Thursday, 4 June 2020

Every person should be able to hear God's Word in his or her heart language.

While I was re-reading and contemplating the Rev. John’s sermon which looked at the Pentecost story this Sunday; first from John 20: 19-23 and then from Acts 2: 1-21, I began to consider the wonderful possibilities and the difficulties that could be overcome in the world today if we could indeed all communicate with and understand everyone no matter what language was being spoken.  I love what the Rev. John called, “The stunningly powerful imagery of a raging wind and flames of fire written by St. Paul in Acts”. I continued to read the sermon which you can read in full on the Marsden Road Church website.  The Rev. John wrote; “Filled with the Spirit of God, the disciples can now speak, preach, teach, and communicate in such a way that they are understood by all sorts of different people in many different languages. The power of God to recreate the human community in the fellowship of the Holy Spirit breaks through the human boundaries of language and culture.”

Marsden Road Uniting Church "dressed" for Pentecost Sunday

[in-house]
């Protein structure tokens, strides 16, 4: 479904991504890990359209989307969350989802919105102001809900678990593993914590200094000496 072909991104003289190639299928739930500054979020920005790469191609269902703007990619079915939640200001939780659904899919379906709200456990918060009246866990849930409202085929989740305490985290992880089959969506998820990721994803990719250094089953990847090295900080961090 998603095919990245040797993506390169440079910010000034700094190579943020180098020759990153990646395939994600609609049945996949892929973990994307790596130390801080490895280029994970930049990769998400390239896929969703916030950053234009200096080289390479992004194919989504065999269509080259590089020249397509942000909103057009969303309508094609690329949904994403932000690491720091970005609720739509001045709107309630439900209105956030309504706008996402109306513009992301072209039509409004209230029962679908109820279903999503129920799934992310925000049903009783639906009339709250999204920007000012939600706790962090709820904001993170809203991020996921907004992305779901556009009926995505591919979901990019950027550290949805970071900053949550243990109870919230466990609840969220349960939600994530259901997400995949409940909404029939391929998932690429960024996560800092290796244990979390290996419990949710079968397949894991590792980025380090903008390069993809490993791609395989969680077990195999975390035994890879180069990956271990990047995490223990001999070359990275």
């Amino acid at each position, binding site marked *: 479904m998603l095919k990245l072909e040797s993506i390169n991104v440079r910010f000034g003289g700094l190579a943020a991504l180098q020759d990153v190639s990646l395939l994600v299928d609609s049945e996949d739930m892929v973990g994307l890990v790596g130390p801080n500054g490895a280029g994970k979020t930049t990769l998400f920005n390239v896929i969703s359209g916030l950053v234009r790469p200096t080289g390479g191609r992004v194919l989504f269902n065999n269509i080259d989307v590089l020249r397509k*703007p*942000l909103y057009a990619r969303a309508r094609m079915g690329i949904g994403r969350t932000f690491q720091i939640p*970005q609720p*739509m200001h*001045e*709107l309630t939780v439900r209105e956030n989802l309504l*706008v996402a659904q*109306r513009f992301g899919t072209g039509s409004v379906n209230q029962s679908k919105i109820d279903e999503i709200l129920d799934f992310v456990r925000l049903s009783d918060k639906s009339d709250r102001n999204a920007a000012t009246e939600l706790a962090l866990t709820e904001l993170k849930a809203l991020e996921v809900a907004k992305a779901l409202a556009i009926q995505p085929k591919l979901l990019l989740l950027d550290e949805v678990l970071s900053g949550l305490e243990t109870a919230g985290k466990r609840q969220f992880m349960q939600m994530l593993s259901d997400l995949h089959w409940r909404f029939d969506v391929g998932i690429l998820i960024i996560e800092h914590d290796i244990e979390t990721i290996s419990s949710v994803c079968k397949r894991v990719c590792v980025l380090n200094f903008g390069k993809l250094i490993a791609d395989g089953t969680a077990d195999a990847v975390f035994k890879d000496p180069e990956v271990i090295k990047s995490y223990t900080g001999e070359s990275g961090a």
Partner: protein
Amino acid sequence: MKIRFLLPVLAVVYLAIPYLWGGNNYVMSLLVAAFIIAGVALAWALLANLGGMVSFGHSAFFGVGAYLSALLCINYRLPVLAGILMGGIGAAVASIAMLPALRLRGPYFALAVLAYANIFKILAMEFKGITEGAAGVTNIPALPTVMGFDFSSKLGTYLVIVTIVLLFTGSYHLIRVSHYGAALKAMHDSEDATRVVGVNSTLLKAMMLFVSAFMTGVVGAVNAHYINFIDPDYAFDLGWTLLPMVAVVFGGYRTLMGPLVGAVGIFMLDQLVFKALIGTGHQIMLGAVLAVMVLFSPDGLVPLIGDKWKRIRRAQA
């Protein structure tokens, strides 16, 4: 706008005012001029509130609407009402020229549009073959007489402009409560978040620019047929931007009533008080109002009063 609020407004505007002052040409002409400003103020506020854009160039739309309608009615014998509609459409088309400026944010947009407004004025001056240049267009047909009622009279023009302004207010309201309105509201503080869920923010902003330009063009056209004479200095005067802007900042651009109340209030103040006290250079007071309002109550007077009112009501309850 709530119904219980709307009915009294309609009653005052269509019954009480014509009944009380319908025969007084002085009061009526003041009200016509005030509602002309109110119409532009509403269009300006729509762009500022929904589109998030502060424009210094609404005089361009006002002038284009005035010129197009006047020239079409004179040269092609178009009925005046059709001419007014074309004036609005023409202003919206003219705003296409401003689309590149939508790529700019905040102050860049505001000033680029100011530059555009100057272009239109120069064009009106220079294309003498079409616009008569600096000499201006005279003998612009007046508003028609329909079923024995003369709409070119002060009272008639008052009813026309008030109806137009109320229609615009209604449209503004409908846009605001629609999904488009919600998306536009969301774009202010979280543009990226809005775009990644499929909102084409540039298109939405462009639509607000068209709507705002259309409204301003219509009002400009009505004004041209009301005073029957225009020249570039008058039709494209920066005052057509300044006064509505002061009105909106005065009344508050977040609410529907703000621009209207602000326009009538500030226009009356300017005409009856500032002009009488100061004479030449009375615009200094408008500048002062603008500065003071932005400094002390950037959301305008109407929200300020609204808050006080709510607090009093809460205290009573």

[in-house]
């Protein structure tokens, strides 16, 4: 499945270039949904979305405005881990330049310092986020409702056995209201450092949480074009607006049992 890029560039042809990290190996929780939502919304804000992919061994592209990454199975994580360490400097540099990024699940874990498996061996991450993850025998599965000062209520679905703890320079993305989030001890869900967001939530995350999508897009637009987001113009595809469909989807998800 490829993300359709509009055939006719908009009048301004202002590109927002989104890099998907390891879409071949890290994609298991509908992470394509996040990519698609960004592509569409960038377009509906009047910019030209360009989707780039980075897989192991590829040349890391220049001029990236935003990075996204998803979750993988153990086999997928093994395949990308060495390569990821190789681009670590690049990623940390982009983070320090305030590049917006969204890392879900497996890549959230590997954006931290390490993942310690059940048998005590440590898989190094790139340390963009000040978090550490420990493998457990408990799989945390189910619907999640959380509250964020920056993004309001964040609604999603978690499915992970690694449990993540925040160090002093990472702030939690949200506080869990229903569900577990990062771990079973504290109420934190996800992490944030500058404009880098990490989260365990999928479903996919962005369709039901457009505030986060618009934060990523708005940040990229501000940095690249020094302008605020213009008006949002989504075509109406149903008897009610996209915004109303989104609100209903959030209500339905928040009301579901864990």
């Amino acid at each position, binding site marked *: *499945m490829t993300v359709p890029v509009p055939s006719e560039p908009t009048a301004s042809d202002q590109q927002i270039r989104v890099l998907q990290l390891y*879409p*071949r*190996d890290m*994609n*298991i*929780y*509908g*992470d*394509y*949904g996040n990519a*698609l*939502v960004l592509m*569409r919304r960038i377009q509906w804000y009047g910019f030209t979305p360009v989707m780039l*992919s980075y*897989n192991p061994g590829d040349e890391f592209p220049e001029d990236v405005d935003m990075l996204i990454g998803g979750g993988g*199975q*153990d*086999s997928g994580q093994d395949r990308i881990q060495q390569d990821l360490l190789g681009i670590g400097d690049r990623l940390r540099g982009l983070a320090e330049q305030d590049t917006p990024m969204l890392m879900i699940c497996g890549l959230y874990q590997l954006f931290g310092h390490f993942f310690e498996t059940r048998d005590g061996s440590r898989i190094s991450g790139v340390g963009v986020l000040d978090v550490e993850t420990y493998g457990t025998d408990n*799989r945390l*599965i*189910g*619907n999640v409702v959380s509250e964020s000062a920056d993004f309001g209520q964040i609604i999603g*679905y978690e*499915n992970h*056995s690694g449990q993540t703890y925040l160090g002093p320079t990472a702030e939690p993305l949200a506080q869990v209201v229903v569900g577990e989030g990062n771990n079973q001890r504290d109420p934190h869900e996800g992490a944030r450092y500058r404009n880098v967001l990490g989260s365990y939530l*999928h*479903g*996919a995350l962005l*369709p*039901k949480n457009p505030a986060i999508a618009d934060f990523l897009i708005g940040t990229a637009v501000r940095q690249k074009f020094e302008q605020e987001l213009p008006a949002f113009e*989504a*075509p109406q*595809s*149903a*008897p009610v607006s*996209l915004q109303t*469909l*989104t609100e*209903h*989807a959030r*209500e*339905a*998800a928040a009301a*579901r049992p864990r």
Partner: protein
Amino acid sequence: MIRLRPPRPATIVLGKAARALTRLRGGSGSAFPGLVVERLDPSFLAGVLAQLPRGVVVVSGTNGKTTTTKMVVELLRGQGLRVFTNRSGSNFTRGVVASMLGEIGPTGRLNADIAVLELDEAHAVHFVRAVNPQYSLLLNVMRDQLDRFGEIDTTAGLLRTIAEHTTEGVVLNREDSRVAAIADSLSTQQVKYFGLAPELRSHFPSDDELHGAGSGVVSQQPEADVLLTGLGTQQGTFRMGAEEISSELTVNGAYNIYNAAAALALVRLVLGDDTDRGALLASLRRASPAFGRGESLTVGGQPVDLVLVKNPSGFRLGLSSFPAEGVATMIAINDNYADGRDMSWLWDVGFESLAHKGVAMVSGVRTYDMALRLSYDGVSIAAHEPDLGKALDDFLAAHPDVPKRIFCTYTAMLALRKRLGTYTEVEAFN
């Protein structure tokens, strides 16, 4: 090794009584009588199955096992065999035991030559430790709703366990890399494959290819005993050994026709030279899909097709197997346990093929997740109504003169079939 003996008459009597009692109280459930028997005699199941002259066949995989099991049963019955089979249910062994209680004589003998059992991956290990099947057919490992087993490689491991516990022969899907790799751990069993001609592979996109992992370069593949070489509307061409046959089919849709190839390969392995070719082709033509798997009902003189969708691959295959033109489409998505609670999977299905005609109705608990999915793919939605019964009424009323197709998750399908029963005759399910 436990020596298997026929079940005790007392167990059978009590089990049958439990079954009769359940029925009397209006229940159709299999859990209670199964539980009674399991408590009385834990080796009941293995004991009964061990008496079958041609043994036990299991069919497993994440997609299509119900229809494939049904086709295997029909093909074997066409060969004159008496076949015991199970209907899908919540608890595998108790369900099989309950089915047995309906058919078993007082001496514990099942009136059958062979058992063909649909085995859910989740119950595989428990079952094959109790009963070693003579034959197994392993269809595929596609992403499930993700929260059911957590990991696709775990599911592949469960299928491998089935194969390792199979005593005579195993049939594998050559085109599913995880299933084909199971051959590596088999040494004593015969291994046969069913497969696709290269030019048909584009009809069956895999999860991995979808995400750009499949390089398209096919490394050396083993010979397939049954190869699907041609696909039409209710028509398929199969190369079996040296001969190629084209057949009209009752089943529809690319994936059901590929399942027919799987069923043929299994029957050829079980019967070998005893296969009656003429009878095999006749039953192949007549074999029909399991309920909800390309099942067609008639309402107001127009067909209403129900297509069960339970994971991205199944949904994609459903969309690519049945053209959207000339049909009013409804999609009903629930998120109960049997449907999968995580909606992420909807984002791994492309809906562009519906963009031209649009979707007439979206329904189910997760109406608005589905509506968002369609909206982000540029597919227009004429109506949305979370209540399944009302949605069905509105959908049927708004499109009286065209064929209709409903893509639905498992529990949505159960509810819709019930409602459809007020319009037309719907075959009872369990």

At this point there was a “ping” on my computer to tell me I had a new email.  

I checked my email and discovered a message from a friend of more than 50 years who lives and works in Cappadocia, Turkey to raise awareness of the ‘Love of God and the joy of knowing Jesus’ in one of the places mentioned in the passage in Acts 2: 1-21.  How timely her message was!  Our friend had mentioned in her email last month, that what she called “The Jesus film”, was allowed to be shown on some Turkish secular TV channels for the first time at Easter.  Today she told us that the film was viewed by around eight million people!  Just consider for a moment that 99% of the population of Turkey are non – Christian!

In her email, our friend included a report made on April 21, 2020 from the “Christian Newswire”.